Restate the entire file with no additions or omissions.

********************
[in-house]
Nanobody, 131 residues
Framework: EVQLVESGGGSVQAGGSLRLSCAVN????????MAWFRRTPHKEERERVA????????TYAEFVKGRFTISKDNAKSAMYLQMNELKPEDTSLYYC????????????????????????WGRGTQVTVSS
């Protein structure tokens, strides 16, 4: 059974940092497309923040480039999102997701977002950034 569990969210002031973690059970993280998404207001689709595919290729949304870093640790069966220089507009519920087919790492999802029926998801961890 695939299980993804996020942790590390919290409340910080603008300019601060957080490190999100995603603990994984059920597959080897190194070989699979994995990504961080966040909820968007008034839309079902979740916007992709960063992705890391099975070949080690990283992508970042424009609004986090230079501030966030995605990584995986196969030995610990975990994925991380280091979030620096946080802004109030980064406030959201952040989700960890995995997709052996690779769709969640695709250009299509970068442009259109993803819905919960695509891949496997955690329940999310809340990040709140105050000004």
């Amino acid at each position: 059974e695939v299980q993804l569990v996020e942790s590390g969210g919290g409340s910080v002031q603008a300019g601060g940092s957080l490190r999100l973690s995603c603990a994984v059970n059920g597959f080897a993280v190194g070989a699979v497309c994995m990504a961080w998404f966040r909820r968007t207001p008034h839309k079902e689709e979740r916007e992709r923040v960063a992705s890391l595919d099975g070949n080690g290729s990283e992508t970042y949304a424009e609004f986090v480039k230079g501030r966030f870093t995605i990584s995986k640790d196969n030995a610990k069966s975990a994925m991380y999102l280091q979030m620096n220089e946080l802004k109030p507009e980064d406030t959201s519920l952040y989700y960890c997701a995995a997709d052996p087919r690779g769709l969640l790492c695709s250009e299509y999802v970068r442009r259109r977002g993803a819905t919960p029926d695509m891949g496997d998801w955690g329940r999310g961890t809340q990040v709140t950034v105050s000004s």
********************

[in-house]
Nanobody, 131 residues
Framework: EVQLVESGGGSVQAGGSLRLSCAVN????????MAWFRRTPHKEERERVA????????TYAEFVKGRFTISKDNAKSAMYLQMNELKPEDTSLYYC????????????????????????WGRGTQVTVSS
């Protein structure tokens, strides 16, 4: 059974940092497309923040480039999102997701977002950034 569990969210002031973690059970993280998404207001689709595919290729949304870093640790069966220089507009519920087919790492999802029926998801961890 695939299980993804996020942790590390919290409340910080603008300019601060957080490190999100995603603990994984059920597959080897190194070989699979994995990504961080966040909820968007008034839309079902979740916007992709960063992705890391099975070949080690990283992508970042424009609004986090230079501030966030995605990584995986196969030995610990975990994925991380280091979030620096946080802004109030980064406030959201952040989700960890995995997709052996690779769709969640695709250009299509970068442009259109993803819905919960695509891949496997955690329940999310809340990040709140105050000004």
């Amino acid at each position: 059974e695939v299980q993804l569990v996020e942790s590390g969210g919290g409340s910080v002031q603008a300019g601060g940092s957080l490190r999100l973690s995603c603990a994984v059970n059920g597959f080897a993280v190194g070989a699979v497309c994995m990504a961080w998404f966040r909820r968007t207001p008034h839309k079902e689709e979740r916007e992709r923040v960063a992705s890391l595919d099975g070949n080690g290729s990283e992508t970042y949304a424009e609004f986090v480039k230079g501030r966030f870093t995605i990584s995986k640790d196969n030995a610990k069966s975990a994925m991380y999102l280091q979030m620096n220089e946080l802004k109030p507009e980064d406030t959201s519920l952040y989700y960890c997701a995995a997709d052996p087919r690779g769709l969640l790492c695709s250009e299509y999802v970068r442009r259109r977002g993803a819905t919960p029926d695509m891949g496997d998801w955690g329940r999310g961890t809340q990040v709140t950034v105050s000004s």